View­point New blood

Amateur Photographer - - 7days - Andy West­lake Andy West­lake is cur­rently the Tech­ni­cal Ed­i­tor of Am­a­teur Pho­tog­ra­pher. For six and a half years he wrote for Dig­i­tal Pho­tog­ra­phy Re­view, writ­ing nu­mer­ous lens and cam­era re­views.

Pen­tax is one of the most iconic brands in pho­tog­ra­phy. In­deed for any­one who started out in the lat­ter part of the last cen­tury, it be­longs along­side Canon, Nikon, and Olym­pus as one of the finest mak­ers of 35mm SLRs. It was re­spon­si­ble for clas­sics such as the in­ex­pen­sive K1000 on which many pho­tog­ra­phers first cut their teeth, or at the other end of the scale, the pro-grade LX that re­mained in pro­duc­tion for more than two decades.

Sadly, though, there’s another group of con­tem­po­raries I could also men­tion, in­clud­ing Kon­ica, Mi­nolta and Yashica. All were com­pa­nies that once upon a time made ex­cel­lent prod­ucts but who, for one rea­son or another, ended up leav­ing the cam­era busi­ness. It’s this group that I fear Pen­tax seems des­tined to join.

Pen­tax isn’t even a com­pany in its own right any more. It was ac­quired by Ri­coh in 2011, and since July 2013 has been noth­ing more than a brand name, used mainly for the firm’s DSLRs. And while Ri­coh has at­tempted to keep the line alive, in re­cent years the rate of prod­uct re­leases has slowed to a trickle. In 2017 we saw just one new cam­era, the KP, and the an­nounce­ment of two new lenses (a full-frame 50mm f/1.4 and an APS- C 11-18mm f/2.8) that have yet to see the light of day. For Pen­tax fans, see­ing just one sin­gle new prod­uct in a cal­en­dar year doesn’t bode well for the fu­ture.

This week I re­view the top- end Pen­tax K-1 Mark II (page 40), which re­places the two-year- old K-1. Like its pre­de­ces­sor it’s a fan­tas­tic cam­era, but doesn’t add much new: just a cou­ple of higher ISO set­tings and a hand­held ver­sion of its Pixel Shift Res­o­lu­tion mode. It doesn’t gain ei­ther Blue­tooth or a touch­screen, for ex­am­ple, which were last year’s must-have fea­tures on other new cam­eras. This con­trasts sharply with the sheer pace of de­vel­op­ment of com­pet­ing mir­ror­less sys­tems, par­tic­u­larly from Sony (which ac­quired Kon­ica Mi­nolta in 2005). Sadly, it feels like Ri­coh has run out of steam. The prob­lem fac­ing Ri­coh is that for cam­eras like the K-1 Mark II to sell well, it needs a healthy user-base of en­thu­si­asts who are com­mit­ted to the brand and pre­pared to spend £1,800 on step­ping up to a full-frame body. But Canon and Nikon have had a stran­gle­hold on the en­try-level DSLR mar­ket for most of the last decade, while the likes of Fujifilm, Olym­pus, Pana­sonic and Sony have si­phoned off many other bud­ding en­thu­si­asts to their mir­ror­less sys­tems. Pen­tax still has a very loyal fol­low­ing, but it seems not enough new blood.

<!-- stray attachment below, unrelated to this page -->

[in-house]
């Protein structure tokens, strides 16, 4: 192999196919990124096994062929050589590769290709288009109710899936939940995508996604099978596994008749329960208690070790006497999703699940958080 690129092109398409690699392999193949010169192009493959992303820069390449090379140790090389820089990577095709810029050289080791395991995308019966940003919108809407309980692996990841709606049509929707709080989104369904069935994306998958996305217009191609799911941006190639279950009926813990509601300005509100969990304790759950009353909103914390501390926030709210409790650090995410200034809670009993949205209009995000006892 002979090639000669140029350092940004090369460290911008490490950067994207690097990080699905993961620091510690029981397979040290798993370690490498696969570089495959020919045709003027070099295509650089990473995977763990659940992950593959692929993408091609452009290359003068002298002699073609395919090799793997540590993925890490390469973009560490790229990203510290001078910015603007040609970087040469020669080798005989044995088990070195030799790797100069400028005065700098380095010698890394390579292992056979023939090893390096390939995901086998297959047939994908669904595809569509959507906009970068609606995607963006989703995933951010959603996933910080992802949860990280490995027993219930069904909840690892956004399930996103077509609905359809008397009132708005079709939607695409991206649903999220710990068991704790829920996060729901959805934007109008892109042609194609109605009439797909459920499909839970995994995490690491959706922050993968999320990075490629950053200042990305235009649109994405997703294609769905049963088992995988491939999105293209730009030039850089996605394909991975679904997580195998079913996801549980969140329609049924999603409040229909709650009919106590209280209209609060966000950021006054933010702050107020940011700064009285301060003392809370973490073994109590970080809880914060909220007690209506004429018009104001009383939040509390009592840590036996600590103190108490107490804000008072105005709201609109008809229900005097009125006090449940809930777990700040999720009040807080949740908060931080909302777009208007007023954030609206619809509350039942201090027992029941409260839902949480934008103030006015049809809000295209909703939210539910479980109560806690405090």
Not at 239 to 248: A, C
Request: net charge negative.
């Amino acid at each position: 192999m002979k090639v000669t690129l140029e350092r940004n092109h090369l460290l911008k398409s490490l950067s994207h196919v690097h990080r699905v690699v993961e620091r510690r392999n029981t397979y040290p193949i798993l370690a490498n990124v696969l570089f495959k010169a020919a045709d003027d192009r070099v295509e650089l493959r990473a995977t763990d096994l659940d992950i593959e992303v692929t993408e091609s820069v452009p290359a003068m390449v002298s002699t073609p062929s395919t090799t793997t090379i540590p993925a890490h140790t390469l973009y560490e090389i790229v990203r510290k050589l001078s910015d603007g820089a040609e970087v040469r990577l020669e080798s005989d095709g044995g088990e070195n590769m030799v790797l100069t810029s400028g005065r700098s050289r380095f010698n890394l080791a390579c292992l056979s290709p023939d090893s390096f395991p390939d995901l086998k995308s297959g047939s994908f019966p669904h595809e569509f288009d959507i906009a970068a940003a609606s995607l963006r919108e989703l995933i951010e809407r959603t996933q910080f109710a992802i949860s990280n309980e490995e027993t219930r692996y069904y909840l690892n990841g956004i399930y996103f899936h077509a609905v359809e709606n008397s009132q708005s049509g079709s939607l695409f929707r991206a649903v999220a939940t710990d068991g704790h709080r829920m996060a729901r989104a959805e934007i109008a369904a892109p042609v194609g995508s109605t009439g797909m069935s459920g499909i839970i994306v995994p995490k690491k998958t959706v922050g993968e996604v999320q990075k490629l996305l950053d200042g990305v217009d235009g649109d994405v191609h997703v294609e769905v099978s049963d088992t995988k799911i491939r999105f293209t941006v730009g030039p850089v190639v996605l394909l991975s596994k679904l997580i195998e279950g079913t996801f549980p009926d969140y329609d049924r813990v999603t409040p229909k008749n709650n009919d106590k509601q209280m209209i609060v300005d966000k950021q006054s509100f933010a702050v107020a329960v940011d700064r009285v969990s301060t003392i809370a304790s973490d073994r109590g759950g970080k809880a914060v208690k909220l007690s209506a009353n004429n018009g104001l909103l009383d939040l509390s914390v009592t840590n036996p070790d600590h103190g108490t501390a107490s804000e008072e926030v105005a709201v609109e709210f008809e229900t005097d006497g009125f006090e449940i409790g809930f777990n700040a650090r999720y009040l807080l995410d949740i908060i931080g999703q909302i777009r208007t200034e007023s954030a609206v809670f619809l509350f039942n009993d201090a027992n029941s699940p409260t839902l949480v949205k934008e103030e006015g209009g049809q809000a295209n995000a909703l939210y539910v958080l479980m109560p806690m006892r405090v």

It would be a real shame to see Pen­tax dis­ap­pear al­to­gether. I’ve re­ally en­joyed us­ing its DSLRs over the past decade, and they’ve tra­di­tion­ally of­fered ex­cel­lent value for money. Un­for­tu­nately, though, some­times mak­ing at­trac­tive, wellfea­tured, value-for-money prod­ucts isn’t in it­self enough. But if the K-1 Mark II were to be the end of the line, it would be a fit­ting last hur­rah.

With the num­ber of new re­leases from Pen­tax few and far be­tween, is it reach­ing the end of the road?

Might the K-1 Mark II be the last cam­era to bear the fa­mous Pen­tax name?

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